Early Muslim/Christian Debate – a Proto Two Kingdoms Apologetic

September 12, 2012

The Letter of Mor Yuhannon [John] (d. 649), the Patriarch, Concerning the discussion which he had with the Amir of the Mhaggraye, provides for us one of the earliest records of debates between Christians and Muslims. A complete translation can be found at the following link (link). It’s worth noting that in the discussion Mor Yuhannon distinguishes the “orthodox” from the “Chalcedonians.” My point is not to enter into the question of the orthodoxy of Mor Yuhannon, only to point out that he advocated the Christian side of the discussion, with the Emir representing the Mulsim side of the discussion.

Of particular interest are the following:

I) The blessed Patriarch, the Father of the community, was questioned by him: “Whether the Gospel is one, and whether it is the same, without differences, which all Christians in the world hold to?” The blessed one answered that it is one and the same among the Greeks, the Romans, the Syrians, the Copts, the Cushites, the Indians, the Armenians, the Persians, and the rest of all peoples and tongues.

It is interesting to note this late Patristic era response. The places identified go significantly beyond the scope of any of the so-called Ecumenical councils. They include India and Ethiopia (Cush), which were not – as far as I can tell – included in the discussions at any of the seven ECs.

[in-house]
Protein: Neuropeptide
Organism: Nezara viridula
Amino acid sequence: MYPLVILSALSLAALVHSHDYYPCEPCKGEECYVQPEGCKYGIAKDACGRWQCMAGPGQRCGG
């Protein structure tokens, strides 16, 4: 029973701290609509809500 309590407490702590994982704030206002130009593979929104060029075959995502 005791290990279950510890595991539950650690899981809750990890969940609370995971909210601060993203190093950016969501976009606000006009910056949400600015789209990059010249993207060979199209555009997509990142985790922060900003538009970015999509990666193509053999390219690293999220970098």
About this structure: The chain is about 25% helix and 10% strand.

And we may add that we agree with the Patriarch. The gospel is one and the same throughout the world.

II) Again he asked, “Since the Gospel is one, why is the faith different?” The Blessed one responded, “Just as the Torah is one and the same and it is accepted by us Christians and by you Mhaggraye, and by the Jews and by the Samaritans, and each is distinct in belief; likewise concerning faith in the Gospel, each heretical group understands and interprets it differently, and not like us [the Orthodox].

It is interesting to note the fact that the Patriarch believes that the Muslims accept the Torah. One assumes that this is because the Muslims tell him that they accept the Torah.

Likewise, the Patriarch’s answer regarding the reason for the different views is not because each has a different document, but because there are different understandings of the documents.